List size and quality of care among GPs within the The Regular General Practitioner Scheme( 24.04.2012 )
1-page key messages
The Regular General Practitioner (RGP) Scheme was introduced in Norway in June 2001. In a revision of the RGP Scheme, it has been proposed to regulate the number of people assigned (list size) to one general practitioner (GP) to a maximum of 2,500 persons. A further suggestion is to let the municipalities decide whether to increase the list up to 1,500 persons in cases where the GP’s list is shorter.
Currently, the relationship between list size and quality of health care services is uncertain.
This overview is intended to be used as part of the documentation concerning decisions about GPs' list size.
The Norwegian Knowledge Centre for the Health Services was asked by The Norwegian Directorate of Health to review available research which addressed the question: What are the effects of the number of people assigned to GPs on the quality of health care services?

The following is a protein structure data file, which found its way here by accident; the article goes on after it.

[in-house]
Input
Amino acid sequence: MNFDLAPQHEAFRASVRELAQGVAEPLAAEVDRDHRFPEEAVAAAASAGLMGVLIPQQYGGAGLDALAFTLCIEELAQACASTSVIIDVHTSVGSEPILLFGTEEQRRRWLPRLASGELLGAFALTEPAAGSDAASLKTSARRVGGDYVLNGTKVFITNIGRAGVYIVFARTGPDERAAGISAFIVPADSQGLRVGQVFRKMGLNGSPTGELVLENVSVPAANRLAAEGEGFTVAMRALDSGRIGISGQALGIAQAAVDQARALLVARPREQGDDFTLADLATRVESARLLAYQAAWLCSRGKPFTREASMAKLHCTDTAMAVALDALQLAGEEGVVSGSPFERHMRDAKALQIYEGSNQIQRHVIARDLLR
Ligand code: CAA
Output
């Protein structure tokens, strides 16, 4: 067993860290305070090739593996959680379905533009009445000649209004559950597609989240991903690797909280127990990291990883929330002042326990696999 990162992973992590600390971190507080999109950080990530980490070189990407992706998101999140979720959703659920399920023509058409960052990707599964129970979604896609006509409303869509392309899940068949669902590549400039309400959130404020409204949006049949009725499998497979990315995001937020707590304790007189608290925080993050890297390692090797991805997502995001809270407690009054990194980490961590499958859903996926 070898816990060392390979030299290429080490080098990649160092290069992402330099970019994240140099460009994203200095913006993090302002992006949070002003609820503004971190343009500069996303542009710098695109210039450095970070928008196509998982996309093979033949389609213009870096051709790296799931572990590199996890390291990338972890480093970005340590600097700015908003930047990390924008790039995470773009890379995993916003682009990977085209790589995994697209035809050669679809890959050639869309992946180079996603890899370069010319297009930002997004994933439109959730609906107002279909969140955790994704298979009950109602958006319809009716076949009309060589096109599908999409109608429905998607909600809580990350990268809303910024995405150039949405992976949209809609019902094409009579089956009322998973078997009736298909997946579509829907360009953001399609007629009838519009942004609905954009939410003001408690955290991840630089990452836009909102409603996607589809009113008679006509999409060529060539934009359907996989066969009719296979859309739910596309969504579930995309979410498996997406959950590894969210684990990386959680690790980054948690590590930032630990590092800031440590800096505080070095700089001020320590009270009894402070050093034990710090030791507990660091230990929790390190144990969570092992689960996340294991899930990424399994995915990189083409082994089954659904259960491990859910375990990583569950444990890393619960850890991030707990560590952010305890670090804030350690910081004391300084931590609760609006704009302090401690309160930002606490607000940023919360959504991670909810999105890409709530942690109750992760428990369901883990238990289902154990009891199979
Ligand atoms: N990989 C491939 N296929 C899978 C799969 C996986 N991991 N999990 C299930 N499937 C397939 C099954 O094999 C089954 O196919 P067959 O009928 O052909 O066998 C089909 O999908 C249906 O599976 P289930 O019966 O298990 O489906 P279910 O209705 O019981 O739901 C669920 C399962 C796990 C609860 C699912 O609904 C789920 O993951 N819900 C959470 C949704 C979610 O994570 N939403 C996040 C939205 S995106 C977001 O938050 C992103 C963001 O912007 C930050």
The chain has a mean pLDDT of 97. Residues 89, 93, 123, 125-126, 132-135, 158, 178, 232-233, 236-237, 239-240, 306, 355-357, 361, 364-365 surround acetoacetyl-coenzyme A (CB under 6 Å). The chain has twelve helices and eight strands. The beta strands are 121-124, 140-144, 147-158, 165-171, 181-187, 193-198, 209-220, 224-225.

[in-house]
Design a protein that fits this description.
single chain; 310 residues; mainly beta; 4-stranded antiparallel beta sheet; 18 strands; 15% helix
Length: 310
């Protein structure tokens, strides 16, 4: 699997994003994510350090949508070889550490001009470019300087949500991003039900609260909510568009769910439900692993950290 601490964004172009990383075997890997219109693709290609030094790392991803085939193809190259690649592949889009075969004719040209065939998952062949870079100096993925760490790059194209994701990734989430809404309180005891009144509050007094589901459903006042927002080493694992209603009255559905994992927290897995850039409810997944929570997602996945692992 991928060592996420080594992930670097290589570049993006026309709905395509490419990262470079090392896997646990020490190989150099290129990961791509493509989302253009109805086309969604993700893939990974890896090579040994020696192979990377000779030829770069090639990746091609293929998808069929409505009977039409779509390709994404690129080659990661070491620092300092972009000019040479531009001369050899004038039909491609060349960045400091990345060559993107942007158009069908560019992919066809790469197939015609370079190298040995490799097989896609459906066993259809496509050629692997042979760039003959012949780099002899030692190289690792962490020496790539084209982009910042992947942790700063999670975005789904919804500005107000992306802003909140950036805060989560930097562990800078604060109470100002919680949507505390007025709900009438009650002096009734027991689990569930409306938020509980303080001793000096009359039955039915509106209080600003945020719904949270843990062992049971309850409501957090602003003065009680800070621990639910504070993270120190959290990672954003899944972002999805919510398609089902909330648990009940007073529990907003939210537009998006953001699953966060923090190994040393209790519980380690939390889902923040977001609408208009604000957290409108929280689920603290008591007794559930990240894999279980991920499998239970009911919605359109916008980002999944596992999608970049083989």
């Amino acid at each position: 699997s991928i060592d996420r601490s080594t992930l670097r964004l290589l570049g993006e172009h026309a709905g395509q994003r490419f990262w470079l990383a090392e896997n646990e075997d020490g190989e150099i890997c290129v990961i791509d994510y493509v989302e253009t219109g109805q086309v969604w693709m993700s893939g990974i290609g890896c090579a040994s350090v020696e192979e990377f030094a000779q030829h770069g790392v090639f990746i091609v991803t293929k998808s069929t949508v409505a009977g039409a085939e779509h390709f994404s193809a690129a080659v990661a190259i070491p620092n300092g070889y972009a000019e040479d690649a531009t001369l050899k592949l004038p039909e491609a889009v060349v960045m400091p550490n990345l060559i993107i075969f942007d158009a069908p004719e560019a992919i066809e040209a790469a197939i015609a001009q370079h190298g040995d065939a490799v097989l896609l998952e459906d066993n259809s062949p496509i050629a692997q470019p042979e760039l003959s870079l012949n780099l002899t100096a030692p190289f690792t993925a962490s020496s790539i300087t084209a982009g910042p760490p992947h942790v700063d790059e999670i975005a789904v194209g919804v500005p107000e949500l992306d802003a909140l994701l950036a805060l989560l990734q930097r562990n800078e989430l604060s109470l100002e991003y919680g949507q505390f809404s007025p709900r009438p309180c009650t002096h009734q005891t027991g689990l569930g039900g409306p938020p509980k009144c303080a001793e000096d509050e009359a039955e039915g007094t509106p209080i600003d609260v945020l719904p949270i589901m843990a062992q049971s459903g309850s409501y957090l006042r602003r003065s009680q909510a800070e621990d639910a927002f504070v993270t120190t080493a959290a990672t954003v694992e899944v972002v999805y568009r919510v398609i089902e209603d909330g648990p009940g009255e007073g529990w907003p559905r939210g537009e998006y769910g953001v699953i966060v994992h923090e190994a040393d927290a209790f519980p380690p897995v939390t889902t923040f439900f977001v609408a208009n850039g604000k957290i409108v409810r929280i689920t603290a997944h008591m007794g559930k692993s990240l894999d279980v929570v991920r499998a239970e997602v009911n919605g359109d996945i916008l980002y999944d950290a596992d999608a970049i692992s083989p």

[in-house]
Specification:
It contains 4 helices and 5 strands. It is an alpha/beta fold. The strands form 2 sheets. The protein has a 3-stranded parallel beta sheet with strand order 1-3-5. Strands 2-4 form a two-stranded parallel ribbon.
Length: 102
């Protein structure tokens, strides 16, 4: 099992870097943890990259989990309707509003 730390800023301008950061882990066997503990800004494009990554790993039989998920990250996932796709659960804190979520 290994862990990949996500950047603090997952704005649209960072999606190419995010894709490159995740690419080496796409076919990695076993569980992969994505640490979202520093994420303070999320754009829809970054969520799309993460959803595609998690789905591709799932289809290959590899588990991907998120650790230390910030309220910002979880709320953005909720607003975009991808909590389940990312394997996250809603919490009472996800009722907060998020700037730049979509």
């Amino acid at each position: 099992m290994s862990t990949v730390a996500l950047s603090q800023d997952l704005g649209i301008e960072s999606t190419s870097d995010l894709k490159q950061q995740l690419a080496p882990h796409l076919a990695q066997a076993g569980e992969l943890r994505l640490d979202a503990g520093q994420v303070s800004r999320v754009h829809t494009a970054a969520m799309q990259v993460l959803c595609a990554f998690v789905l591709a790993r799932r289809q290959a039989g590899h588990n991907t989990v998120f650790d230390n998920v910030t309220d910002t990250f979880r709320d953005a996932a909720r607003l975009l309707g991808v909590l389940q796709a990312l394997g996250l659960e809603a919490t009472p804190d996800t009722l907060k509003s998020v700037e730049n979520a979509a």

We searched systematically for:
• Systematic reviews, randomized controlled trials, controlled studies and interrupted time series that examine the effect of GPs' list size on quality parameters (primary objective)
• Studies that have assessed GPs' list size in relation to various quality dimensions of services provided by GPs (cross-sectional studies)
There is an evidence gap regarding the effects of GPs' list size on health care quality parameters. We can not conclude whether short or long lists result in differences in the quality of services provided by primary care physicians.
We have found 91 studies that, although they did not evaluate effect, examined the association between GPs' list size and the quality of the services provided. Among these are sixteen Norwegian registry- and cross-sectional studies. We have presented the studies, including their results, and elucidated that the studies are varied as regards aims, methods used and study settings. It is difficult to use registry- and cross-sectional studies as basis for answering questions on associations. The results of the included studies showed a large variation, thus we are uncertain about a possible association between list size and the quality of primary care physician services. None of the studies examined what the optimal list size would be in relation to quality of primary care physician services.
>1-page key messages
3-page executive summary